Archive for the ‘Maryland trips’ Category

Starting in the northern tip of Virginia near Winchester VA there is a stretch of the Shenandoah / Cumberland valley where you can pass through four states (Virginia / West Virginia / Maryland / Pennsylvania) in a forty mile stretch.     In modern terminology this would be described as part of “the I-81 corridor.”

A few months ago on another trip I flew over this area while flying westward on Southwest Airlines from Baltimore on a clear day.  Most mountainous land seen from the air has the shape of crumpled paper.   Instead, the Shenandoah Valley area looked of long lines of distinct sharp ridges lined up in a northeast / southwest direction.  Within these ridges the land looks (and is) comparatively flat.

The Shenandoah / Cumberland valley was a big deal in the American Civil War, where Southern armies marched north to try and conquer Yankee territory.   Both Gettysburg and Antietam are right around here.

This is an area frequently on the news because it is a notably Trump supporting region within an easy drive of Washington DC.  Media can come out and see what the other America is thinking and still get back to D.C. in time for cocktails.  Much of this region has been economically left behind.

Maybe my readers will remember my trip here two years ago, when I bicycled north starting in Winchester VA.   This trip I wanted to push further north into Pennsylvania.

It took a little less than six hours to drive our Prius from Chapel Hill NC to the Walmart on the south side of Hagerstown MD.   Once again I assumed that Walmart did not mind me parking here for twenty-four hours.   I pulled the Bike Friday out of the trunk next to someone’s religiously labelled minivan.

 

My self-appointed mission was to bicycle to Shippensburg PA, spend the night and ride back the next day, using a different route each way.

 

Hagerstown (population 40,000) greets a visitor like me with the kind of early twentieth century houses that North Carolina lacks.  I love this look.  This was not a wealthy neighborhood.   Most of Hagerstown looks somewhat run down.

 

 

I continued on, cycling straight north through both sides of downtown.

Out of town US11 is wide enough for pleasant cycling.

Contrary to popular notion the Mason-Dixon Line refers to the border between Pennsylvania and Maryland.   When I crossed there were no special signs or businesses that made issue of this line.

 

Eventually I did see some signage.   Some of these signs were over twenty miles into Pennsylvania.   Every commercial sign I saw about Mason-Dixon was in Pennsylvania, including the one with a rebel flag.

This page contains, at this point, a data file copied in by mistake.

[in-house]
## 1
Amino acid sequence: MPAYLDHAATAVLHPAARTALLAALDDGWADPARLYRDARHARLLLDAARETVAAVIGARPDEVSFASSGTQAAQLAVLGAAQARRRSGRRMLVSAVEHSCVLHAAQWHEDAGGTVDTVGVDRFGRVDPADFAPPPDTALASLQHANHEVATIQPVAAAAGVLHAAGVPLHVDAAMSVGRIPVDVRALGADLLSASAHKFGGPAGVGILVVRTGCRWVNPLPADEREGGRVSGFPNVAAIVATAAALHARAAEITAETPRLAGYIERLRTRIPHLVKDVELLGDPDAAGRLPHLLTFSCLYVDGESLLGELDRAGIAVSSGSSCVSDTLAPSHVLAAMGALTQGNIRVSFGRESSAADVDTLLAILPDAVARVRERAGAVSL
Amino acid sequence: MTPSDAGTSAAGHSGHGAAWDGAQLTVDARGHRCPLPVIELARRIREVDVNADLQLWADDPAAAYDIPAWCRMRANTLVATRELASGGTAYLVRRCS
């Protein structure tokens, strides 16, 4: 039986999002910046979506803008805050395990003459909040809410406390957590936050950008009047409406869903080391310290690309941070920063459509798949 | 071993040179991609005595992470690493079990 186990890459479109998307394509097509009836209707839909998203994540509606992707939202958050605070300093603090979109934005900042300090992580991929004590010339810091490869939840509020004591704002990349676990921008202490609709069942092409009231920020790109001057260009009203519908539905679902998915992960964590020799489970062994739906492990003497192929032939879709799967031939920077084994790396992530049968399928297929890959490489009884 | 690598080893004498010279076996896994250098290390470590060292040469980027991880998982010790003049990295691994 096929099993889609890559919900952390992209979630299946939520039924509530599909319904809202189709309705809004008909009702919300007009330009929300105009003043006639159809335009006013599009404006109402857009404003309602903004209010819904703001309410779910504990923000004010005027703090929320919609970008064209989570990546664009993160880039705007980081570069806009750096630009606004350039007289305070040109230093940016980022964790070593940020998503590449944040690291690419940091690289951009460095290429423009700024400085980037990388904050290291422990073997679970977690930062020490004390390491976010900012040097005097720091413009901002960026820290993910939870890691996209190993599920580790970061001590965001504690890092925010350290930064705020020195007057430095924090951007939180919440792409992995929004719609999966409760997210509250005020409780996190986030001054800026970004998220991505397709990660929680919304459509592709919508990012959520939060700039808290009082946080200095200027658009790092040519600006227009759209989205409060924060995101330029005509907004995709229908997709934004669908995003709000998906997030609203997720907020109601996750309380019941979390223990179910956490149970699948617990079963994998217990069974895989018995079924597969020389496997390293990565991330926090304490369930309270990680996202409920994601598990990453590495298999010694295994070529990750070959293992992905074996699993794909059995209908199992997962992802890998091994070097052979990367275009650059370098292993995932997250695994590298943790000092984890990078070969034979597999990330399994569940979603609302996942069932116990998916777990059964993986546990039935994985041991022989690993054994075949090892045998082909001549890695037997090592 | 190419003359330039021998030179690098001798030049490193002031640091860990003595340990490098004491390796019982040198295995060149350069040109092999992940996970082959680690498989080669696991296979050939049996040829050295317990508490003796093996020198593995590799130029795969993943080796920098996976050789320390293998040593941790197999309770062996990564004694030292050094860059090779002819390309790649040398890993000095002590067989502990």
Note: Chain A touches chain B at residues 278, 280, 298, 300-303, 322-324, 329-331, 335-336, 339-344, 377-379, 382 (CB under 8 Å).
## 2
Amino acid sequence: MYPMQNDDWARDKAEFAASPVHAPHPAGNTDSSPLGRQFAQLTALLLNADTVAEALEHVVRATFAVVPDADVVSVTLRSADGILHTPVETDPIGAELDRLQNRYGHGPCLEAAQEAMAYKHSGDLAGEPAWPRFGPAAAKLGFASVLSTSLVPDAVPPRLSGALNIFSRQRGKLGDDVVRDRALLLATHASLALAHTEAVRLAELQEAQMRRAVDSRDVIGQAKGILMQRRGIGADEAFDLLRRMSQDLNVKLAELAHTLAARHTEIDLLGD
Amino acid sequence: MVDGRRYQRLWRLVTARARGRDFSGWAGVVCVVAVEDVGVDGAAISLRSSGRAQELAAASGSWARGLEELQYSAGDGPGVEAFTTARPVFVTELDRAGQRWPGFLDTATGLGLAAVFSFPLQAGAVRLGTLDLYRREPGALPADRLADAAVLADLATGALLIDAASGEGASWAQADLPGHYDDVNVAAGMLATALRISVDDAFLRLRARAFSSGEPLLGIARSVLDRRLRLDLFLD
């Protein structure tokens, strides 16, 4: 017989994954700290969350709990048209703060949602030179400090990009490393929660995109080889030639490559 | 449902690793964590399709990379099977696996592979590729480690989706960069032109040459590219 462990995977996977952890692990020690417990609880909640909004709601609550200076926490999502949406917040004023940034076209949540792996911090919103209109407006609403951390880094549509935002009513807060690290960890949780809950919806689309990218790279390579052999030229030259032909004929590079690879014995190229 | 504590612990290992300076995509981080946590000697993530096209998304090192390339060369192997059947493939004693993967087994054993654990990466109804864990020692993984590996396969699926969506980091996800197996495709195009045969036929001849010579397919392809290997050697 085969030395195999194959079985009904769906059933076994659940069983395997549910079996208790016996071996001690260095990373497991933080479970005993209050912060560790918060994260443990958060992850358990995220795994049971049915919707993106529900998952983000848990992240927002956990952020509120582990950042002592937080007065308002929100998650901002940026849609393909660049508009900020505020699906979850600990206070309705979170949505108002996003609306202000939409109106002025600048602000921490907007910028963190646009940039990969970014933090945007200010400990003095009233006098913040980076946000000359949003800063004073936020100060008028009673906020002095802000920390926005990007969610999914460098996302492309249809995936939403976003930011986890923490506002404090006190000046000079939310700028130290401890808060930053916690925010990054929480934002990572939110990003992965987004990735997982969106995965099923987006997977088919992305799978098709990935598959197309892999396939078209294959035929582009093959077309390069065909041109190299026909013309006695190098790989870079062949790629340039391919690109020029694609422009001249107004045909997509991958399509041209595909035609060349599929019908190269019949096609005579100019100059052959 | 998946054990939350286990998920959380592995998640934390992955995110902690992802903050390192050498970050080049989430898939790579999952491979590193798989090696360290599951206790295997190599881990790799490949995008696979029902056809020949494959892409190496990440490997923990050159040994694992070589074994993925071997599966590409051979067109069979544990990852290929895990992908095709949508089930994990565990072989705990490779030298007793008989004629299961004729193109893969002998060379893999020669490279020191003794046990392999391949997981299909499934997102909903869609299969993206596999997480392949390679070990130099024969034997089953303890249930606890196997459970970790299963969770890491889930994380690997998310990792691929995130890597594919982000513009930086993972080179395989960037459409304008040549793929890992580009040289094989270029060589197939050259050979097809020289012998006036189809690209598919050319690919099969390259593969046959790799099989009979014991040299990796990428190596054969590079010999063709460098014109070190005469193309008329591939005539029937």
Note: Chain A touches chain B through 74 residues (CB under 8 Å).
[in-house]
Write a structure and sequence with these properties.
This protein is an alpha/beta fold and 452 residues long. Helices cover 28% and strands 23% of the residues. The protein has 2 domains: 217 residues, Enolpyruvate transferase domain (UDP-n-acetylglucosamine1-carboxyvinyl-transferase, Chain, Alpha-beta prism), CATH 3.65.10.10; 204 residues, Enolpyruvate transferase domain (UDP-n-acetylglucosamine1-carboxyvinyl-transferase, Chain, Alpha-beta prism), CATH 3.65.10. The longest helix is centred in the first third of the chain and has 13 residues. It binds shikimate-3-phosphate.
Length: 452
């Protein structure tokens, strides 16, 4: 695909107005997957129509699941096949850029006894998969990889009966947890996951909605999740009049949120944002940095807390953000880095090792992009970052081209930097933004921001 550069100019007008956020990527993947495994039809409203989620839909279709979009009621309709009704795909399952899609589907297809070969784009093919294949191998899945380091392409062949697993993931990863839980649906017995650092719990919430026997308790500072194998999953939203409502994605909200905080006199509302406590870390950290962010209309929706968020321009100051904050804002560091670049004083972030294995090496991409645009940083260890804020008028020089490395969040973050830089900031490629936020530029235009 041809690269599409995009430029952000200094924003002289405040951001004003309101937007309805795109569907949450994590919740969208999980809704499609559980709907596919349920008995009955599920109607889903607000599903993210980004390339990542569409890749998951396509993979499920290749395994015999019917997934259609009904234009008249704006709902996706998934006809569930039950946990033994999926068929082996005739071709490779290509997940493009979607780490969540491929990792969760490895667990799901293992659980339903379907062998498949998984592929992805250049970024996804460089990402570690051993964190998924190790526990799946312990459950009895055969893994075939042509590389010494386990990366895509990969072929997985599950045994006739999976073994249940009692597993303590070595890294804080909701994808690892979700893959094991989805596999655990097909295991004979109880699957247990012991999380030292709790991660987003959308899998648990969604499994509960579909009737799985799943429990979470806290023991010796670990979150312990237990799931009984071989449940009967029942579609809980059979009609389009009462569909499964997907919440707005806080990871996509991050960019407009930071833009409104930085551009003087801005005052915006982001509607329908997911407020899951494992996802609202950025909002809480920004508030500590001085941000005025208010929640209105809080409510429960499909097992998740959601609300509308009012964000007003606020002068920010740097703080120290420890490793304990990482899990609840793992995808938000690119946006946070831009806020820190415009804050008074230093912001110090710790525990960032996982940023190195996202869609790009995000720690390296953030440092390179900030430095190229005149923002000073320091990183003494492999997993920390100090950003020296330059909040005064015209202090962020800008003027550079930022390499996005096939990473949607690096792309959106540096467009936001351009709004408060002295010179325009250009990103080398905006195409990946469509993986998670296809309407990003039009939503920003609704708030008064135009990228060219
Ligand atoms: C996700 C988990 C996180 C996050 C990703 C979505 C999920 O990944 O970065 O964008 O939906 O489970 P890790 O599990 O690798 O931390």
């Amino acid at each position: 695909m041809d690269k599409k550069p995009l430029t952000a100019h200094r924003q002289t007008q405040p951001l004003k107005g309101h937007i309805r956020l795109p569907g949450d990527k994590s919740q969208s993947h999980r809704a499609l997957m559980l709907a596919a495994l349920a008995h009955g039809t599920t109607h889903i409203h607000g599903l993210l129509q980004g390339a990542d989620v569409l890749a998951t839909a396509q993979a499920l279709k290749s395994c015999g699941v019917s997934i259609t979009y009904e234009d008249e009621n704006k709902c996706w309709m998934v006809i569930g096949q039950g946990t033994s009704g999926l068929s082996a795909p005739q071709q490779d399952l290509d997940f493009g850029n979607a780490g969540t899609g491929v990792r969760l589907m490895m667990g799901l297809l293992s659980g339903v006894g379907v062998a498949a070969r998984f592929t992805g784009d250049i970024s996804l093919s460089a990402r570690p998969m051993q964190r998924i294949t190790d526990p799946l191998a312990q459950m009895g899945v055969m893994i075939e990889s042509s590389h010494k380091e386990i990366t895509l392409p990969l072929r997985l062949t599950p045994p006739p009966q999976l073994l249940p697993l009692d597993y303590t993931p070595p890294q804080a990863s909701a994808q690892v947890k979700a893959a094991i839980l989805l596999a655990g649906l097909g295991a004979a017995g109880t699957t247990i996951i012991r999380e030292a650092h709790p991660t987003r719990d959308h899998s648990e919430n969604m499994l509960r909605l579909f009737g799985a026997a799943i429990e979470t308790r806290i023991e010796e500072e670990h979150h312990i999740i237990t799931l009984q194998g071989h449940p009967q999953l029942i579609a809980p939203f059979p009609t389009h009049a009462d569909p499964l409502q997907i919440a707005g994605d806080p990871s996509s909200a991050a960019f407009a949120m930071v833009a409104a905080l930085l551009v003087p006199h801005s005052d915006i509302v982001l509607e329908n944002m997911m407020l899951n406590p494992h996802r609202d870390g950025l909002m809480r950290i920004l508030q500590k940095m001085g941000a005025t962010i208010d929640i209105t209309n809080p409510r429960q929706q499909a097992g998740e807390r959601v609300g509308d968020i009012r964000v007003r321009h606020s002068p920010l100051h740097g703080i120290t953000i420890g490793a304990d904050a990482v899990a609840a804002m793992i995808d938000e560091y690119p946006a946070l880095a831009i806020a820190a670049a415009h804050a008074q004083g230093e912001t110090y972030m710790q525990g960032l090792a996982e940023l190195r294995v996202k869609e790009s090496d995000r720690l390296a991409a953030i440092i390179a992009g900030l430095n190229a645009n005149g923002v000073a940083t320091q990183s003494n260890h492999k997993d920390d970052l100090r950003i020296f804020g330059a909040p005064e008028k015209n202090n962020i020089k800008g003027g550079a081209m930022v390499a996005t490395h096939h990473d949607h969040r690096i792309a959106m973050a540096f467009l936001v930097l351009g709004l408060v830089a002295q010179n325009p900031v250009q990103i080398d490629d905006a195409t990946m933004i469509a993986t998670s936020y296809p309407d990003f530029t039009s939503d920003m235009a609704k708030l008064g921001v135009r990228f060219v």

For a time a was able to find a parallel route off the busy US11.    The countryside was beautiful.

On station wagon trips as a child, my mother told us to look at Pennsylvania barns, that they were bigger and stronger than the houses that accompanied them.   She was right.  North Carolina does not have barns like this.

 

 

I have been trying to get to Chambersburg PA (population 21,000) for quite a while.   I am not a particular Civil War buff.  I am more attracted to Chambersburg because I thought its  architecture would look exotically Yankee and it is an easy drive from North Carolina.  During the Civil War General Lee’s army used Chambersburg’s accessibility for other ends.  There is no point in romanticizing this conflict.  My great and great-great grandparent’s cause was wrong.  Chambersburg PA was raided and occupied by Southern forces three times.  The third time the town was burned mostly to the ground.   Free African-American citizens of the town were abducted and murdered.    As a result, for a time the Union used a battle cry “Remember Chambersburg.”

About Chambersburg today, whoever wrote the Wikipedia page about Chambersburg and its surrounding Franklin County said the following.  (Note my previous comment on what an easy drive it is to Chambersburg for journalists like New York Times conservative columnist David Brooks!)

From Wikipedia:

Journalist David Brooks in 2001 used Chambersburg and Franklin County to typify Republican “Red America.” According to Brooks, there is little obvious income inequality and people don’t define their place in society by their income level. They value the work ethic and are anti-union, anti-welfare, pro-free market, and religious social conservatives.